Jean-Michel Coron (LJLL, UPMC)

Jean-Michel Coron
Université Pierre et Marie Curie, Paris


11 Octobre 2018, 14.00
salle de conférences Gérard JAUMES, bât Polytech
Campus de St. Jérôme

Stabilisation rapide de systèmes de contrôle

On présente des résultats et des méthodes sur la stabilisation rapide, voire en temps petit, de systèmes de contrôle modélisés par des équations différentielles ordinaires (avec une application à un glisseur) ou par des équations aux dérivées partielles en dimension 1 d’espace (systèmes hyperboliques, équations de la chaleur, équation de
Burgers visqueuse).

ZhiWu Li (Xidian University, China)

ZhiWu Li
Xidian University


21 Juin 2018, 15.30
salle des commissions, bât Polytech
Campus de St. Jérôme


Deadlock Analysis and Control of Resource Allocation Systems: Structural and Reachability Graph Approaches

This talk exposes the recent advances of deadlock problems in resource
allocation systems using Petri nets. The pertinent methodologies are
categorized by structural analysis and reachability graph analysis
techniques. The former, without enumerating the reachable states of a
system, utilize structural objects to derive a liveness-enforcing
supervisor, while its structure can be compact. The latter can usually
lead to an optimal supervisor with a minimal control structure subject
to a full state enumeration and solution to integer linear programming
problems. Open issues in this area are outlined.

Stéphane Gaubert (CMAP, École Polytechnique)

Stéphane Gaubert
École Polytechnique

21 Juin 2018, 14.00
salle des commissions, bât Polytech
Campus de St. Jérôme


Tropical analysis of timed Petri nets with priorities and application to performance evaluation of an emergency call center

We analyze a timed Petri net model of an emergency call center which processes calls with different levels of priority. The counter variables of the Petri net represent the cumulated number of events as a function of time. We show that these variables are determined by a piecewise linear dynamical system. We also prove that computing the stationary regimes of the associated uid dynamics reduces to the problem of computing a tropical prevariety, i.e., to solving a polynomial system over a tropical (min-plus) semifield. This leads to explicit formulae expressing the throughput of the uid system as a piecewise linear function of the resources, revealing the existence of different congestion phases. Numerical experiments show that the analysis of the fluid dynamics yields a good approximation of the real throughput. In this way, tropical geometry allows one to identify bottleneck resources. This works originates from a case study, concerning the analysis of the new organization of reception of the 17-18-112 emergency calls in the Paris area, currently deployed by Préfecture de Police. This is a joint work with Xavier Allamigeon and Vianney Boeuf.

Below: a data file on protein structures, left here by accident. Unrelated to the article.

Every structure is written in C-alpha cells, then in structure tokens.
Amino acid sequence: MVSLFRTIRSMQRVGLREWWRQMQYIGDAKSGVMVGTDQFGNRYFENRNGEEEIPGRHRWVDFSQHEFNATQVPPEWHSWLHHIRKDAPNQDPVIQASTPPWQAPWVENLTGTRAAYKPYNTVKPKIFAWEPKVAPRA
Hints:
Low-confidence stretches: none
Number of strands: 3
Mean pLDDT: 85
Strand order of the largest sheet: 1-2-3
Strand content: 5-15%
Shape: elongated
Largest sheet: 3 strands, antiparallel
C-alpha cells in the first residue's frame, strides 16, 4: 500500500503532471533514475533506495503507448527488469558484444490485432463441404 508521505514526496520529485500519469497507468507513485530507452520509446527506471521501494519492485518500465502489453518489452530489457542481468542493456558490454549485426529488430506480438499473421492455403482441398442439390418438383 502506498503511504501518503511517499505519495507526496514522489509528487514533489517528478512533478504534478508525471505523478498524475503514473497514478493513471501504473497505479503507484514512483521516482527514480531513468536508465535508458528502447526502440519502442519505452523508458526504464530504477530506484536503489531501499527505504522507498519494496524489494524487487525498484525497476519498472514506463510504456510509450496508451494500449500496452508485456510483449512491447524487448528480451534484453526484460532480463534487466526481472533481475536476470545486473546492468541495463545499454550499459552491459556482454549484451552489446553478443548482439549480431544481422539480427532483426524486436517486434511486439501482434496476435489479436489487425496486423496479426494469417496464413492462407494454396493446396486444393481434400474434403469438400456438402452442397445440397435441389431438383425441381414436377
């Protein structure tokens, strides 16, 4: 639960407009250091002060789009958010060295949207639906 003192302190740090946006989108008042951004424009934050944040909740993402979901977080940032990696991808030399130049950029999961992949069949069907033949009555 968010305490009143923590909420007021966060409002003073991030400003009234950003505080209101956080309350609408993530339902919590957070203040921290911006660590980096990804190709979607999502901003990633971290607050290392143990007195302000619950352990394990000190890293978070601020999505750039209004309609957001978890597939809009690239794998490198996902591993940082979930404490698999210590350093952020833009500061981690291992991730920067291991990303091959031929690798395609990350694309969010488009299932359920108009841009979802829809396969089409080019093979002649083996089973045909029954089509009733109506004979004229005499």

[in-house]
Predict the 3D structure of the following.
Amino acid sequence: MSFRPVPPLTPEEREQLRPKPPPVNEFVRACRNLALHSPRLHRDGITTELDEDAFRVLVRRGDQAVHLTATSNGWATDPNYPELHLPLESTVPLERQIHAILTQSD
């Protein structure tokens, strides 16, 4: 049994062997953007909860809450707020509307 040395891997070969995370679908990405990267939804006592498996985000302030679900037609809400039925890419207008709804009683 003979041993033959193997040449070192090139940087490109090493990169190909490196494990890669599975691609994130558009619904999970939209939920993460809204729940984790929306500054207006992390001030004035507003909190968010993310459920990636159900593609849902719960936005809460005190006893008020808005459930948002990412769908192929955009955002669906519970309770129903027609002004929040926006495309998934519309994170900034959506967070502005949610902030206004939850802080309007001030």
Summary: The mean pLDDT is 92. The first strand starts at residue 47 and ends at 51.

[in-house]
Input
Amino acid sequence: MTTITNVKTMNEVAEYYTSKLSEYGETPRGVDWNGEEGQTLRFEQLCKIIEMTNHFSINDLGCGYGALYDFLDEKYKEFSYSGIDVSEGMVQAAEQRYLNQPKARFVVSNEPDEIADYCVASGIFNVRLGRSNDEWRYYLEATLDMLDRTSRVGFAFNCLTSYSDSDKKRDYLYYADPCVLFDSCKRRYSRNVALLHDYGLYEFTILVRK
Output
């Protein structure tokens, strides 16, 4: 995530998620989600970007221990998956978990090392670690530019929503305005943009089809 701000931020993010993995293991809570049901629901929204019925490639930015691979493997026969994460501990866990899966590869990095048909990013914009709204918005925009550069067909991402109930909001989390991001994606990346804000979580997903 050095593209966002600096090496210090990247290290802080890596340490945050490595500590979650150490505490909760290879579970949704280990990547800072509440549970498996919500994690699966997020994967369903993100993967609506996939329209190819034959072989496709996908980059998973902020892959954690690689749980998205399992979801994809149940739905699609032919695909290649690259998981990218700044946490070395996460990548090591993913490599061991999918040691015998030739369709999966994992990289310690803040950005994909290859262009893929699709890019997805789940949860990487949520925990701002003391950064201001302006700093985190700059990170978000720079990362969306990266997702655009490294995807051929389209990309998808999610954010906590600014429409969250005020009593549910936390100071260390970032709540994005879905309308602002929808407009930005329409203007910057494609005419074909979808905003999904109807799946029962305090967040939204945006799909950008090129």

Ahmed Chemori (LIRMM – CNRS University of Montpellier, France)

Ahmed Chemori
Université de Montpellier

24 Mai 2018, 14.00
salle des commissions, bât Polytech
Campus de St. Jérôme


Control of Complex Robotic Systems:
Challenges, Design and Experiments

Robotics was initially and for a long time guided by needs in industry. Indeed, the early years of robotics was largely focused on robot manipulators, used mainly for simple and repetitive automation tasks. The first industrial robot manipulator appeared in 1961 in the assembly lines of General Motors. The early control systems for robot manipulators were designed to control independently each axis of the robot as a Single-Input-Single-Output (SISO) linear system. Linear automatic control theory was then extensively used in this basic solution, where the coupling dynamics between the different axes of the robot were often neglected and the robot model significantly simplified. Beyond these issues, the main barriers to progress were the high cost of computation, the lack of good sensors, and the lack of fundamental understanding of robot dynamics. However, the progress of robotics and automation as well as their associated innovative applications has required the consideration of more and more complex tasks needing high performances. These challenging tasks required a deeply understanding of complex nonlinear dynamics of robots. Besides, it has also motivated the development of new theoretical advances in different control fields (robust, adaptive, etc.), which has consequently enabled more sophisticated applications. Nowadays, robotic control systems are highly advanced, including manipulation robotics, underwater robotics, aerial robotics, mobile robotics, medical robotics, parallel robotics, wearable robotics, humanoid robotics and more others. In this lecture the main challenges related to control of robotic systems will be emphasized, and illustrated through different applications in robotics. For each of these fields, the motivations and the need of developing advanced control schemes will be first highlighted. Then some proposed advanced control solutions will be introduced and illustrated through real-time experiments.